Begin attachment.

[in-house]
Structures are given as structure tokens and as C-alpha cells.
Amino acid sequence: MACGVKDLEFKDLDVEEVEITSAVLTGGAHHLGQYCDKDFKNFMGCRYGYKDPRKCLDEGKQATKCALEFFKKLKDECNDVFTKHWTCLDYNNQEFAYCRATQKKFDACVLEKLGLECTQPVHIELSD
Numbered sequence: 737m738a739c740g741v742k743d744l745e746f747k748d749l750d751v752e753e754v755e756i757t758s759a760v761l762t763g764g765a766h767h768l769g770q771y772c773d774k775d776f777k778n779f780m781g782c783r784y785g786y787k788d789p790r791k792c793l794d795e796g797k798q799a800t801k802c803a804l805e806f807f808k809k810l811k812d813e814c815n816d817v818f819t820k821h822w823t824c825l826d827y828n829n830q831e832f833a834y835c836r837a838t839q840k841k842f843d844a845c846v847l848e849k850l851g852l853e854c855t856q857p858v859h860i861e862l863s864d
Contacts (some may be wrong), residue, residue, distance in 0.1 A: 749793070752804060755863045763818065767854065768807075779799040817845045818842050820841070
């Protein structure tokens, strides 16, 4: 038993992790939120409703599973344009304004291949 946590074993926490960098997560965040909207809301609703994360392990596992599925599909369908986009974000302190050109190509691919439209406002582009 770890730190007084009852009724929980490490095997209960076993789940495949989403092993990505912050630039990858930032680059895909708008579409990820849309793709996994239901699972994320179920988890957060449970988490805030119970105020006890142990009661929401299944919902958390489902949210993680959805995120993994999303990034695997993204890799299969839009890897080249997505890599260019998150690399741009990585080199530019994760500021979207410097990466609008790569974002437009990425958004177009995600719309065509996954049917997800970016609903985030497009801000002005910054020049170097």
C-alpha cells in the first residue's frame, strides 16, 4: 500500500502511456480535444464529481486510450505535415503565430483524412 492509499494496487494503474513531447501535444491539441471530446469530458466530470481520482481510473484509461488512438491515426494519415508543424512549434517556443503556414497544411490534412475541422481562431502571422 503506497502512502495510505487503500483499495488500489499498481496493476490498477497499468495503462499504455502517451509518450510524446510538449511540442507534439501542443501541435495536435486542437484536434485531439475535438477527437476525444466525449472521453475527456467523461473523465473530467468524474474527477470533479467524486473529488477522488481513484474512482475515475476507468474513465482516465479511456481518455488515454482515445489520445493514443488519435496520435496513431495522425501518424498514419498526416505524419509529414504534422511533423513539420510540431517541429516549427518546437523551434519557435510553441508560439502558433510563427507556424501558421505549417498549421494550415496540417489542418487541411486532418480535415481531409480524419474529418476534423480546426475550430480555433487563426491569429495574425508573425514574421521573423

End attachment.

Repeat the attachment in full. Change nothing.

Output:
[in-house]
Structures are given as structure tokens and as C-alpha cells.
Amino acid sequence: MACGVKDLEFKDLDVEEVEITSAVLTGGAHHLGQYCDKDFKNFMGCRYGYKDPRKCLDEGKQATKCALEFFKKLKDECNDVFTKHWTCLDYNNQEFAYCRATQKKFDACVLEKLGLECTQPVHIELSD
Numbered sequence: 737m738a739c740g741v742k743d744l745e746f747k748d749l750d751v752e753e754v755e756i757t758s759a760v761l762t763g764g765a766h767h768l769g770q771y772c773d774k775d776f777k778n779f780m781g782c783r784y785g786y787k788d789p790r791k792c793l794d795e796g797k798q799a800t801k802c803a804l805e806f807f808k809k810l811k812d813e814c815n816d817v818f819t820k821h822w823t824c825l826d827y828n829n830q831e832f833a834y835c836r837a838t839q840k841k842f843d844a845c846v847l848e849k850l851g852l853e854c855t856q857p858v859h860i861e862l863s864d
Contacts (some may be wrong), residue, residue, distance in 0.1 A: 749793070752804060755863045763818065767854065768807075779799040817845045818842050820841070
């Protein structure tokens, strides 16, 4: 038993992790939120409703599973344009304004291949 946590074993926490960098997560965040909207809301609703994360392990596992599925599909369908986009974000302190050109190509691919439209406002582009 770890730190007084009852009724929980490490095997209960076993789940495949989403092993990505912050630039990858930032680059895909708008579409990820849309793709996994239901699972994320179920988890957060449970988490805030119970105020006890142990009661929401299944919902958390489902949210993680959805995120993994999303990034695997993204890799299969839009890897080249997505890599260019998150690399741009990585080199530019994760500021979207410097990466609008790569974002437009990425958004177009995600719309065509996954049917997800970016609903985030497009801000002005910054020049170097």
C-alpha cells in the first residue's frame, strides 16, 4: 500500500502511456480535444464529481486510450505535415503565430483524412 492509499494496487494503474513531447501535444491539441471530446469530458466530470481520482481510473484509461488512438491515426494519415508543424512549434517556443503556414497544411490534412475541422481562431502571422 503506497502512502495510505487503500483499495488500489499498481496493476490498477497499468495503462499504455502517451509518450510524446510538449511540442507534439501542443501541435495536435486542437484536434485531439475535438477527437476525444466525449472521453475527456467523461473523465473530467468524474474527477470533479467524486473529488477522488481513484474512482475515475476507468474513465482516465479511456481518455488515454482515445489520445493514443488519435496520435496513431495522425501518424498514419498526416505524419509529414504534422511533423513539420510540431517541429516549427518546437523551434519557435510553441508560439502558433510563427507556424501558421505549417498549421494550415496540417489542418487541411486532418480535415481531409480524419474529418476534423480546426475550430480555433487563426491569429495574425508573425514574421521573423